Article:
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Perception and Reality: What Home Buyers Want

  • August 19, 2011

by Andrew Siddons

Earlier this week at a forum hosted by the Coalition for Smarter Growth, speakers gave presentations on surveys that revealed a strong and growing preference for communities that are more walkable, have a greater mix of housing, retail and offices, and better public transportation.

However, this article takes a closer look at the survey presented by Joe Molinaro, Managing Director of Community & Political Affairs at the National Association of Realtors. Conducted earlier this year among 2,071 adults, the survey suggests that there are some gaps between perception and reality in terms of what home buyers want. While home sales have dropped significantly since the boom time of the mid-aughts — 321,000 new home sales in 2010, compared to more than 1.2 million in both 2004 and 2005 — 69 percent of those surveyed said that the economic downturn has not impacted their plans to buy a house.

Perception and Reality: What Home Buyers Want: Figure 1
Courtesy of the National Association of Realtors

Another statistic suggested that people are being more careful about the home buying decision, with 59 percent of the total number surveyed saying that it’s important to stay within their budget when buying, even if that means not living in their preferred neighborhood. However, of those identified as prospective buyers, almost half said they were willing to stretch their budget to live in a neighborhood they liked.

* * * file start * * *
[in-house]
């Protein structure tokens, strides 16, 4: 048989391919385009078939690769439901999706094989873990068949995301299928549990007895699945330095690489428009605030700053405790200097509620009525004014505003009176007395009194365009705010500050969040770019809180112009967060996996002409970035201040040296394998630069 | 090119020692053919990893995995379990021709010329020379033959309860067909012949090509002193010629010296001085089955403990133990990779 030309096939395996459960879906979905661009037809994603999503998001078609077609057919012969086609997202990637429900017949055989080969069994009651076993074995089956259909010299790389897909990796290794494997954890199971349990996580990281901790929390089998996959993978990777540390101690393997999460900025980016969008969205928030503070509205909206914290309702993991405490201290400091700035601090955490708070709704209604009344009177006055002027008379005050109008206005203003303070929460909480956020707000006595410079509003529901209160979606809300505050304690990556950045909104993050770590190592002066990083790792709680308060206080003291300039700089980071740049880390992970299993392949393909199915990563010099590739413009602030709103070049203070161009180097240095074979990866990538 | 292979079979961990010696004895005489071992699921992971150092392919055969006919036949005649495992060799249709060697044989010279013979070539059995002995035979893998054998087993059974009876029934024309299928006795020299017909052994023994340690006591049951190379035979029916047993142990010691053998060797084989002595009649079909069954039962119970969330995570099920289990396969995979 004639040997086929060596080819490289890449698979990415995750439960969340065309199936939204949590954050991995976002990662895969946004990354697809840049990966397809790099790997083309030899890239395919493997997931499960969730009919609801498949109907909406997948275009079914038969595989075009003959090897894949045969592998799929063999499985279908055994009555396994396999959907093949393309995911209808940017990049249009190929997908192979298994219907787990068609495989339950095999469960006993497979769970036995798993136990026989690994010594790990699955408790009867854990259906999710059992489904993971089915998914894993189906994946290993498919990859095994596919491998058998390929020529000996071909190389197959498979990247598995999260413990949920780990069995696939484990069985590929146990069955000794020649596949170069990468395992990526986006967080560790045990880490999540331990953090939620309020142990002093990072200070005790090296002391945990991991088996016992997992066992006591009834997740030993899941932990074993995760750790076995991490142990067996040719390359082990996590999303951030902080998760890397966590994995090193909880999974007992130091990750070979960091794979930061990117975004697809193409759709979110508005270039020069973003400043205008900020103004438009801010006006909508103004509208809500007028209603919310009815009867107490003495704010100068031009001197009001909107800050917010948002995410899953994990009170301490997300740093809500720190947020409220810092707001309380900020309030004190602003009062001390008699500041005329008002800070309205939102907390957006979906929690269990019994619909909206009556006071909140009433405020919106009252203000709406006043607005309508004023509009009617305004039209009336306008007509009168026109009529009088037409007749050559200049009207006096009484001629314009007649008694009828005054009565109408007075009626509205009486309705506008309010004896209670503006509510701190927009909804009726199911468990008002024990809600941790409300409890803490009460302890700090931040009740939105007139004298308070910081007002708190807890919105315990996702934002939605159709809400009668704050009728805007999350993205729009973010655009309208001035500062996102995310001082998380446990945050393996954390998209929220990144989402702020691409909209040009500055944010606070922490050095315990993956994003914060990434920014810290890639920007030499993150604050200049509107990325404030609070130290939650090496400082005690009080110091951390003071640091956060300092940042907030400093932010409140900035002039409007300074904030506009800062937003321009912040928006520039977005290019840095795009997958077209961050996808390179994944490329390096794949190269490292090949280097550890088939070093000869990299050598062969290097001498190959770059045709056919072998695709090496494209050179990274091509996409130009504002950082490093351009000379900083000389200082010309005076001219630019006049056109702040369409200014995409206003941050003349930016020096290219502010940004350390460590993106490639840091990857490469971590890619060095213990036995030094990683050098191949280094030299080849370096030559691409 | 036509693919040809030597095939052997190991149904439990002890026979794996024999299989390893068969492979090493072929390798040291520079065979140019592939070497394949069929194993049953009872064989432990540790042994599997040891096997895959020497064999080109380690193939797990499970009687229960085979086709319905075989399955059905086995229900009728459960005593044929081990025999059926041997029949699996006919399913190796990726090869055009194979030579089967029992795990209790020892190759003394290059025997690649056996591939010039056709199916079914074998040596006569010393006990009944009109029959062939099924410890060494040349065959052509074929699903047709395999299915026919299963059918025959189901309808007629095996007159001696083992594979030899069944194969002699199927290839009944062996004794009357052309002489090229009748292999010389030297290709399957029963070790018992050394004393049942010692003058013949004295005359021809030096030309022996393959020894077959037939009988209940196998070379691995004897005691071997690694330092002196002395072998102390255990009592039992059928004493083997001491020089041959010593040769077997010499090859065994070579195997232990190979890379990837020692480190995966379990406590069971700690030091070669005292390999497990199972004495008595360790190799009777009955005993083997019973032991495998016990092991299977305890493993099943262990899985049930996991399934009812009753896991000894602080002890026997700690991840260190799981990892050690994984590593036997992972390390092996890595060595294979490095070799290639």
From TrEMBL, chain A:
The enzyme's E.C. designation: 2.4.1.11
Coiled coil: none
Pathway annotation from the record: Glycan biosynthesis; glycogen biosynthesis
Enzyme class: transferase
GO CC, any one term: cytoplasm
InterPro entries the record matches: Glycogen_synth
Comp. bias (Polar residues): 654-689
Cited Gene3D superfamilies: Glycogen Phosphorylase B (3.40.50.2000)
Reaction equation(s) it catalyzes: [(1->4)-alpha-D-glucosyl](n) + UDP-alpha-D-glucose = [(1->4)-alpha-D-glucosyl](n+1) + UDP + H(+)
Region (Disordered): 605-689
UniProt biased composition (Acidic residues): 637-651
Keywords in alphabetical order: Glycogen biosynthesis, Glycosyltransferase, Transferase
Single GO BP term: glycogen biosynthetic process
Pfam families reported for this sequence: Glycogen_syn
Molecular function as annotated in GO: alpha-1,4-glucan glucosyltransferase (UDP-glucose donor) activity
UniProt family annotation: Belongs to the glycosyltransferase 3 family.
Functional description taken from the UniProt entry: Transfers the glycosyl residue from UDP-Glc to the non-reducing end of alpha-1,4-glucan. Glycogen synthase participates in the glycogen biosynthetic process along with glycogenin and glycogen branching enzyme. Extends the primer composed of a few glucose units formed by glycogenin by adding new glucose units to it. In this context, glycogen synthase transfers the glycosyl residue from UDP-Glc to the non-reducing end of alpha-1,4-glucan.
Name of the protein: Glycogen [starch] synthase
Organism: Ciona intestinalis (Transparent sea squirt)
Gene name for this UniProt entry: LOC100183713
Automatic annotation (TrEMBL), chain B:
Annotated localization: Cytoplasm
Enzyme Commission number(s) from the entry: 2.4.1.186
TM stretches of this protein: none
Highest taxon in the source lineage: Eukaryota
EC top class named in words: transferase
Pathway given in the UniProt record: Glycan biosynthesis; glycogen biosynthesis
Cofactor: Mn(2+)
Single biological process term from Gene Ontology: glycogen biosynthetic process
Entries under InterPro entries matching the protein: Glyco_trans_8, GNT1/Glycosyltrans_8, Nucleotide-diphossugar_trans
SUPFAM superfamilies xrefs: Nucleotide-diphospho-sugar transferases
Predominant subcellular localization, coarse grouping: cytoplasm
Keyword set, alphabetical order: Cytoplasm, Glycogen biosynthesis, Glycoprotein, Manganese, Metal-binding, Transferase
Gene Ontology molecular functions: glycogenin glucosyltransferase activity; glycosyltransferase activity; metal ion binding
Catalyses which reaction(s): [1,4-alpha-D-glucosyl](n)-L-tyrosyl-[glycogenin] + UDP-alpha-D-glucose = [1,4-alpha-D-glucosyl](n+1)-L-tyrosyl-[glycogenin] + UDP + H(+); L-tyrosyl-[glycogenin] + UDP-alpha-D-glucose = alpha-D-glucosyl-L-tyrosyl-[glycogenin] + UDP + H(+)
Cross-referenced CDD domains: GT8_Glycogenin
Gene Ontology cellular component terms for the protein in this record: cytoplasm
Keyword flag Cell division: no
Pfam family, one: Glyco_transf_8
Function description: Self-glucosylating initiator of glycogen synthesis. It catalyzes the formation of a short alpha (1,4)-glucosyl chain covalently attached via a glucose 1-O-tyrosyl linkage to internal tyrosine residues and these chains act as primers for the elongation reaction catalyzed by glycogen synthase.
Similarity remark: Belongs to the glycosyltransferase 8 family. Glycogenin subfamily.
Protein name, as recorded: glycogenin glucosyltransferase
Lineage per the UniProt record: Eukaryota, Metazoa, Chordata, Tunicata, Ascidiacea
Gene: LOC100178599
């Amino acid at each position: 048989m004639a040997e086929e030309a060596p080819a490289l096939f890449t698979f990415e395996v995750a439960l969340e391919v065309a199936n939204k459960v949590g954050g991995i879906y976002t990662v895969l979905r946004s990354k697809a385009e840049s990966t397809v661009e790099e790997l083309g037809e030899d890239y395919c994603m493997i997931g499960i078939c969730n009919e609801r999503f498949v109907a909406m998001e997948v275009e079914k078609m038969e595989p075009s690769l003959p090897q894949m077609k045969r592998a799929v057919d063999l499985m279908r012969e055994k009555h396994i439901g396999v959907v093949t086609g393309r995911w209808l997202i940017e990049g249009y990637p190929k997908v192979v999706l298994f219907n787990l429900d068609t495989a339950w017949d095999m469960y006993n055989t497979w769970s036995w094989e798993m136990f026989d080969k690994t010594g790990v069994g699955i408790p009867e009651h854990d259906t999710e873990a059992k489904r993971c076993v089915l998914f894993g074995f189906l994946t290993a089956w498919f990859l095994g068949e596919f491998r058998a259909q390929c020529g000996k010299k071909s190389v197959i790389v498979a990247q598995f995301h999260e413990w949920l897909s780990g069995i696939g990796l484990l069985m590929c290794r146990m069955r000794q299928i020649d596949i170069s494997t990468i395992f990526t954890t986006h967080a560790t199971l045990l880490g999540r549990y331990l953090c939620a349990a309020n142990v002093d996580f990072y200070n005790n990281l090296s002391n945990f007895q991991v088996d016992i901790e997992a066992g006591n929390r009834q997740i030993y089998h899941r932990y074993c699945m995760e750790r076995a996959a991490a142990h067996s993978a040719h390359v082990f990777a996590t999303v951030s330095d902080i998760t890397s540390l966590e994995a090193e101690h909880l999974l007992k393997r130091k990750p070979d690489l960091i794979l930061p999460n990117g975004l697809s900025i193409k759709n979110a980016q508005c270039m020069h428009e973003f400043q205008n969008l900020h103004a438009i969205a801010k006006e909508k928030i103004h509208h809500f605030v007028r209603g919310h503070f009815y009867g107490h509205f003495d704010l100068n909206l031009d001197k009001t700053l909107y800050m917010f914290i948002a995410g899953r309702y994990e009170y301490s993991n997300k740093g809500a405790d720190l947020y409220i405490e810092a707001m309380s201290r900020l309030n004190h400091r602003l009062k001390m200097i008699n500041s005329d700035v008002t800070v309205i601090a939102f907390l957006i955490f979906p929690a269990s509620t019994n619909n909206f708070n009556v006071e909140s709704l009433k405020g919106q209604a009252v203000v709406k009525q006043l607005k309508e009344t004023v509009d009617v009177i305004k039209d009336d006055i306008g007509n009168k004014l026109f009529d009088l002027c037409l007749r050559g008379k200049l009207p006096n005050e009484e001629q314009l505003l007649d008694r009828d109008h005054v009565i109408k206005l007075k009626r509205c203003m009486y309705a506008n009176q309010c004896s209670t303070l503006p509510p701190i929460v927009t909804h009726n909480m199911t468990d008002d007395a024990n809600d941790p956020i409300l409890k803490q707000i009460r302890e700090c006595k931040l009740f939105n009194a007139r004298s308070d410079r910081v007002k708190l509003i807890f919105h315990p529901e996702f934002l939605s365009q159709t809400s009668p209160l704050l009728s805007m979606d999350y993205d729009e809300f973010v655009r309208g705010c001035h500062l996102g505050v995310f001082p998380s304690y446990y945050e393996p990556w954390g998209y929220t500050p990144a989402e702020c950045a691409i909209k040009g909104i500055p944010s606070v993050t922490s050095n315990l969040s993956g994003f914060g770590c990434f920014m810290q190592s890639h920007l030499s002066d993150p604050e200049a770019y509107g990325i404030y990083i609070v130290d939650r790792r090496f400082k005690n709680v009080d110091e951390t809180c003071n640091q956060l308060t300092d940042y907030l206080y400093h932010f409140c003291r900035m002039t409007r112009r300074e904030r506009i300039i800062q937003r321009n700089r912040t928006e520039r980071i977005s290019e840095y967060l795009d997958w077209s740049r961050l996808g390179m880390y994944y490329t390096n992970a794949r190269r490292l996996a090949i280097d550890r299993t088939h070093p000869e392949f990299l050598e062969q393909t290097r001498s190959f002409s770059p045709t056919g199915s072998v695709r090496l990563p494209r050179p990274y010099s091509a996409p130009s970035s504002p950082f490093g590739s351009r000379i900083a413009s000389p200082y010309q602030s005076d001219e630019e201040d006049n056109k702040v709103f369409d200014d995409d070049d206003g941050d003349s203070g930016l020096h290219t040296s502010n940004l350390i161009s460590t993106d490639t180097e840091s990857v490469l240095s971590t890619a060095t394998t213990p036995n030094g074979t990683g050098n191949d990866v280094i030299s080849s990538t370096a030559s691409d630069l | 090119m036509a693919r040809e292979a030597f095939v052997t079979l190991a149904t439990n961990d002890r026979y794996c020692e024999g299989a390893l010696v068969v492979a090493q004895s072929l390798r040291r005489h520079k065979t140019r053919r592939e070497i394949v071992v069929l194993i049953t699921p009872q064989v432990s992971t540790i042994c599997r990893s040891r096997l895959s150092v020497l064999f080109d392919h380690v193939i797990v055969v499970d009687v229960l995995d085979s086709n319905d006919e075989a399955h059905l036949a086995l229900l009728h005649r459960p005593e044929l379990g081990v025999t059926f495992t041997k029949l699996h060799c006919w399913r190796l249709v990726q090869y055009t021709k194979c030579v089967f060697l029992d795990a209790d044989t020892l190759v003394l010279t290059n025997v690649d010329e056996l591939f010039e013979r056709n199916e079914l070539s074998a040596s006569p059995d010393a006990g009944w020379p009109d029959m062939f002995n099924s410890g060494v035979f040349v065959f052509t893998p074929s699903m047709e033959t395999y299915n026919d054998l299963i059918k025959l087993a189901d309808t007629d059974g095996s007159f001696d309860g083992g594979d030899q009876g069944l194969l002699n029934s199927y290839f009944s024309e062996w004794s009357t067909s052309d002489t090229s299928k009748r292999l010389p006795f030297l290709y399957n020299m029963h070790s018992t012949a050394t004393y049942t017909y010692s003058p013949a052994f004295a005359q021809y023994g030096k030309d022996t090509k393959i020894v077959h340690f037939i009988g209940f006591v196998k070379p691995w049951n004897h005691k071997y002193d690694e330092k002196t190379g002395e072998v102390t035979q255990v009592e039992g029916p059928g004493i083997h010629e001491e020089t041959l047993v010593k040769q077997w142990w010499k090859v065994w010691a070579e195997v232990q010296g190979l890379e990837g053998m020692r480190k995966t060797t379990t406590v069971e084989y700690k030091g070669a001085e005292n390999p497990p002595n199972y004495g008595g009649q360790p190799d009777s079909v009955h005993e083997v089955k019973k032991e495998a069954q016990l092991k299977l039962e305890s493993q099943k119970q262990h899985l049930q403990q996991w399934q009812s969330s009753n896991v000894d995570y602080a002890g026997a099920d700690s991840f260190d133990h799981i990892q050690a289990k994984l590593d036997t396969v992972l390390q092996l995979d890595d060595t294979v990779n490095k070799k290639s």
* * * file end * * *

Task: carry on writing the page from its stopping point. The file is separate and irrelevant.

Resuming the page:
“I think that people who have made the decision to buy have already come to grips with the fact that they’re having to stretch their budget to get what they want,” Joe Molinaro told UrbanTurf. “People who want to buy a home are prepared to maybe get a little out of their comfort zone.”

The survey also asked people to identify unmet needs in their current communities. Forty-seven percent said that there is not enough low-income housing in the area where they live, while 42 percent said there isn’t enough for those with moderate incomes. In contrast, only 10 percent noted that there isn’t enough for those with higher incomes.

Perception and Reality: What Home Buyers Want: Figure 2
Courtesy of the National Association of Realtors

But the same question suggests that what people think their community needs is not necessarily in line with what they want. While one way to create more affordable housing is to build more homes, only 23 percent of those surveyed think that there aren’t enough new residences being built.

“They recognize that we need more affordable housing, but not as many people are open to new residential development, which is the only way to get more affordable housing,” Molinaro said. “They oppose higher density development, and theoretically, the result of that is more expensive housing.”

Molinaro added that people say they’d like to see development in existing communities, but that he believes they’re thinking in global terms.

“When it comes to their neighborhoods, they think differently,” he said.

This article originally published at http://dc.urbanturf.com/articles/blog/what_do_home_buyers_really_want/4015

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